For the Vanilla Frozen Yogurt
- 500g (full-fat, low-fat or no-fat) Greek yogurt (get actual Greek yogurt, not Greek-style’ yogurt)
- 50g icing sugar, sifted
- Seeds of 1 vanilla pod or 1 tsp vanilla extract
For the Spiced Apple Tarte Tatins
- 3 big eating apples, such as Granny Smith
- 1/2 tsp ground cinnamon
- Big pinch of ground ginger, plus extra for decoration
- 100g butter, plus extra for greasing
- 150g caster sugar
- Little plain flour, for dusting
- 1 x 340g packet of puff pastry
- Large handful of pecan nuts (about 25g)
- 6 fresh mint sprigs (optional)
- 15 x 22cm rigid plastic container
- Six 11cm straight-sided cake or tart tins
- First, to make the frozen yogurt, put the yogurt, icing sugar and vanilla in a 15 x 22cm rigid plastic container and mix together well. Level it with the back of a spoon, then cover and pop into the freezer for about 8 hours or overnight until set firm. This will need to be given a good stir two to three times in this time period to help avoid any ice crystals forming. This can obviously be prepared well in advance. Once the yogurt is set, get on with making the tarts. First, peel the apples. Then with one of them sitting stem end up on a chopping board, slice off one of the cheeks’ on one side (as close to the core as possible). Then slice off the opposite cheek and discard the middle bit (or nibble around it for a chef’s perk). Repeat with the remaining apples. Toss them in a small bowl with the cinnamon and ginger and leave aside for now.
- Put the butter, sugar and 4 tablespoons cold water together in large non-stick frying pan over a low to medium heat. Stir until the butter melts and the sugar dissolves and then continue to cook for about 8 minutes, swirling the pan occasionally. The sugar will caramelize, turning from light brown to a medium brown. Now add the apple cheeks, cut-side down, and allow to cook for 2 minutes. Baste with the caramel, turn the apples over and cook for a further 3 minutes until just beginning to soften. Take the pan off the heat and leave the apples to sit in there and cool down to body temperature while you prepare the tins and pastry.
- Preheat the oven to 220°C, (fan 200°C), 425°F, Gas Mark 7. Lightly grease six 11cm straight-sided cake or tart tins and then line with baking parchment. Arrange on a baking tray and set aside.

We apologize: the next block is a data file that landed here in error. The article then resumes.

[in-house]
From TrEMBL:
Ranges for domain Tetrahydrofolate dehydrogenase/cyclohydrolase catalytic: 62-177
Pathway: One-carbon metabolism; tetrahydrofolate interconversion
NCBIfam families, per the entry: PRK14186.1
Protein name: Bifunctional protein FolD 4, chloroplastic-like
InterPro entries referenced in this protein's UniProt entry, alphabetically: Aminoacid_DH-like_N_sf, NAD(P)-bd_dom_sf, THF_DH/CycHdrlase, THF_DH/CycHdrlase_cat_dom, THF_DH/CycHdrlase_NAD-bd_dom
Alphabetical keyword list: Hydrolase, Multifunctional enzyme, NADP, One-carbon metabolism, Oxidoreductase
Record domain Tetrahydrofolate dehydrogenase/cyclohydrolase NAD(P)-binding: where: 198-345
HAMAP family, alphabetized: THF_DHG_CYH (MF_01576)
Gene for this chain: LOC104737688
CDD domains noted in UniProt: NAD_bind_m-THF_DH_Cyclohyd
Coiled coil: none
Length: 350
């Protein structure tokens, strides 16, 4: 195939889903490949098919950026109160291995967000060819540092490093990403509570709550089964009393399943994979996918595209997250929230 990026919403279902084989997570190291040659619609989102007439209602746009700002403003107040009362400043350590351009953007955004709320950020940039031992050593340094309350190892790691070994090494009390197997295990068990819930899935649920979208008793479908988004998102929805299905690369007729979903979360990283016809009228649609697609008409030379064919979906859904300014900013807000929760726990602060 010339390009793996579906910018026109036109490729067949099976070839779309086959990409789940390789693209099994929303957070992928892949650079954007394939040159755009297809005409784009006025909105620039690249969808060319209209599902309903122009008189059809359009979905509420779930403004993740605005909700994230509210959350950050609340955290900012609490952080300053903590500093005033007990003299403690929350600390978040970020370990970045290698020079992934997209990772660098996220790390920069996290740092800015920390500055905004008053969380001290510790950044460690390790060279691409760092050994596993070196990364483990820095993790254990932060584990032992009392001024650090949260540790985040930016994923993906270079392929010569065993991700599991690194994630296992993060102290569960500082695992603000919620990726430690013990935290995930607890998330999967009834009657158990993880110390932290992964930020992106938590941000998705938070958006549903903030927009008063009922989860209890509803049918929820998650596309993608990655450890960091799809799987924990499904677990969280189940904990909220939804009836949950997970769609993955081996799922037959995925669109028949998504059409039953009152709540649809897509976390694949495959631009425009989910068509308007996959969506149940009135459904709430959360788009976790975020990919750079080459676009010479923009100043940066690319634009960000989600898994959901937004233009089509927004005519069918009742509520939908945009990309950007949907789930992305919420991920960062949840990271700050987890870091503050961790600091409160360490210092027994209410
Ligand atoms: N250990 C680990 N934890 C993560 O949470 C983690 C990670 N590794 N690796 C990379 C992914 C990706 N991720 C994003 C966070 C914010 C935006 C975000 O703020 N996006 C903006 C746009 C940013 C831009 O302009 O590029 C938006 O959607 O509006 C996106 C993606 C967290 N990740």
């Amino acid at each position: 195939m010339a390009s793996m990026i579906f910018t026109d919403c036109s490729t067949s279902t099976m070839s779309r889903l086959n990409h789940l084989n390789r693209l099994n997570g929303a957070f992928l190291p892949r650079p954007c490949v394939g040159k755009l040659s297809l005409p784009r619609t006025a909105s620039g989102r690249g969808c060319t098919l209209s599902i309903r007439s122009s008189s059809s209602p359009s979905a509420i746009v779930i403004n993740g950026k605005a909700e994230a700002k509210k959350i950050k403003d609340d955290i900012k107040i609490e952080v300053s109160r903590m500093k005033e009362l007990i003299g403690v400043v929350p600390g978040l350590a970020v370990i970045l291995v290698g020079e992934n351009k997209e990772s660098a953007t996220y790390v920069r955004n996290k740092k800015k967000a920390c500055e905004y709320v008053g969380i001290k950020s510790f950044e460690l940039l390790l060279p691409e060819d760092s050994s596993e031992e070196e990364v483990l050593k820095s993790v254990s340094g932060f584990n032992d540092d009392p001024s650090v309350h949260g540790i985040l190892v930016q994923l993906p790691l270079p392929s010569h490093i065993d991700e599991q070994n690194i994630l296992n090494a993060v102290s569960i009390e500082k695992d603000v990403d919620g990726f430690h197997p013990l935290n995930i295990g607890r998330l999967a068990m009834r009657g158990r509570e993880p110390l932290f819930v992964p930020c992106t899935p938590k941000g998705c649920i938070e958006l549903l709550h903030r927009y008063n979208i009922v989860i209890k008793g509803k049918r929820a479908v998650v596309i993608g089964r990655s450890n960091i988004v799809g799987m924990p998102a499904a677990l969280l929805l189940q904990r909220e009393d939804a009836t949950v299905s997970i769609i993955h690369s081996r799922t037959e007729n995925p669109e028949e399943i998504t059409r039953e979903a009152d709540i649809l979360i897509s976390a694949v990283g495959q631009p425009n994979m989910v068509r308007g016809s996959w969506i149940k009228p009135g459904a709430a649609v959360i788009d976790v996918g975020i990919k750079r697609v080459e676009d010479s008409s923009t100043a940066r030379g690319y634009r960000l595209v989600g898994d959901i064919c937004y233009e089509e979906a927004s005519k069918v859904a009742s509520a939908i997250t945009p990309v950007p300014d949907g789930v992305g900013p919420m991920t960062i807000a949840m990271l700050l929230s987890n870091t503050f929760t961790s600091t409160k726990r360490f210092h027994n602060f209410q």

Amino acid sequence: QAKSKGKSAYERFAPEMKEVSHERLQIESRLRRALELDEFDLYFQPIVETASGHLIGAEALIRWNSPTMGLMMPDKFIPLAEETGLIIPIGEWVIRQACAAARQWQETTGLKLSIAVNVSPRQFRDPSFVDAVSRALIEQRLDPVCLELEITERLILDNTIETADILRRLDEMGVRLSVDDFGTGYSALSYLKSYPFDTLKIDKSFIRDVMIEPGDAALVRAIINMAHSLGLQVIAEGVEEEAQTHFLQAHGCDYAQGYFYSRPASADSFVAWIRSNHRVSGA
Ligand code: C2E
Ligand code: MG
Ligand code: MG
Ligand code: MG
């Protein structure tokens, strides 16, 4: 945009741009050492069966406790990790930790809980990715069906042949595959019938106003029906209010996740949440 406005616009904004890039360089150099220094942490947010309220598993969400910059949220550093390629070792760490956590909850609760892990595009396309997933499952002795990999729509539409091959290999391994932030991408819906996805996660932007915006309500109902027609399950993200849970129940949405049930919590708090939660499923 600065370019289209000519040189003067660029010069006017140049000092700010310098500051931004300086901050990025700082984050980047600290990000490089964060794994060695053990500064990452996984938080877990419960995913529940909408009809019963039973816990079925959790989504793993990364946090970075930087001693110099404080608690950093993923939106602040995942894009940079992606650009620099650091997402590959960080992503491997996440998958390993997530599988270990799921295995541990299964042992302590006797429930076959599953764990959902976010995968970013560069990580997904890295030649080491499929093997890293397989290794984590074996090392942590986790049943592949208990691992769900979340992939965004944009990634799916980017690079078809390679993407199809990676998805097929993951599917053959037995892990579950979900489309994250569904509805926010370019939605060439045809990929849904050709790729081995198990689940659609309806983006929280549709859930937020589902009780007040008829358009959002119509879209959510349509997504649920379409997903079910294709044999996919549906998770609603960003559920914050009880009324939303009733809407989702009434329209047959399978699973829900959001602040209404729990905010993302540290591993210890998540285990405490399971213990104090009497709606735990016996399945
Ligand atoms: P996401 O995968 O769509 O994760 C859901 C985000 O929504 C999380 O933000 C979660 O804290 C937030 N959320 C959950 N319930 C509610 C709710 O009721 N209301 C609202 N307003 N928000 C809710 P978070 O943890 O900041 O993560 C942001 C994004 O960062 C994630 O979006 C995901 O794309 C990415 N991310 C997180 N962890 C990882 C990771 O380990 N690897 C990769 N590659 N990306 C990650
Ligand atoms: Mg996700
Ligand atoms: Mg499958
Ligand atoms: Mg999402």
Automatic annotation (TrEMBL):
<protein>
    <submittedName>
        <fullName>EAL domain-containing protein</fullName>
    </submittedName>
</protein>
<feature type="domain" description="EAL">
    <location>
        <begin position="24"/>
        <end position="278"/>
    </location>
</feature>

- Roll out the puff pastry on a lightly floured surface to about a 26 x 40cm rectangle. Put a tart tin upside down near one corner of the rectangle and cut around it. Repeat to give six pastry discs in total and then prick them all over with a fork.
- Once the apples have cooled down, remove them from the caramel onto a plate. Divide the caramel into the bottoms of each tart tin. Put one apple cheek, cut-side up, on the sauce in each tin. Place a pastry disc on top, tucking it down the sides of the apple so the pastry is nice and tight all the way around. Cover with cling film and pop in the fridge for 10 minutes or the freezer for 5 minutes to firm up a bit. This is so the pastry gets a nice rise when cooking and the flour in the pastry cooks before the butter in the pastry melts to a gooey mess. The tarts can be prepared to this stage up to a day ahead of time. After this time, bake the tarts in the oven for 15─20 minutes or until the pastry is firm where risen and a golden brown. Remove the frozen yogurt from the freezer to allow to come to room temperature. Meanwhile, roughly chop the pecans and place them in a small frying pan (with no oil in) over a medium heat. Cook for 3 minutes or so, tossing occasionally until you start to smell the aroma coming from the nuts. Then tip these out onto a plate.
- Once cooked, invert a serving plate on top of a tarte tatin and then flip both over. Remove the tin to reveal the tart and allow the caramel to flow out. Repeat with the remaining tarts. Scatter over the pecans, a little sprinkling of ground ginger and decorate each with a mint sprig, if liked. Serve straight away with a scoop of frozen yogurt on top.
How to Be a Better Cook Tip: If you don’t have a rigid plastic container of this size, but have a roasting tin, then simply line it with a double layer of cling film before adding the frozen yogurt mixture. If you can’t get hold of Greek yogurt, then it is advisable to strain your yogurt in a sieve lined with muslin for a few hours to get rid of excess moisture, which would otherwise result in an icy frozen yogurt.
How To Be A Better Cook by Lorraine Pascale is available here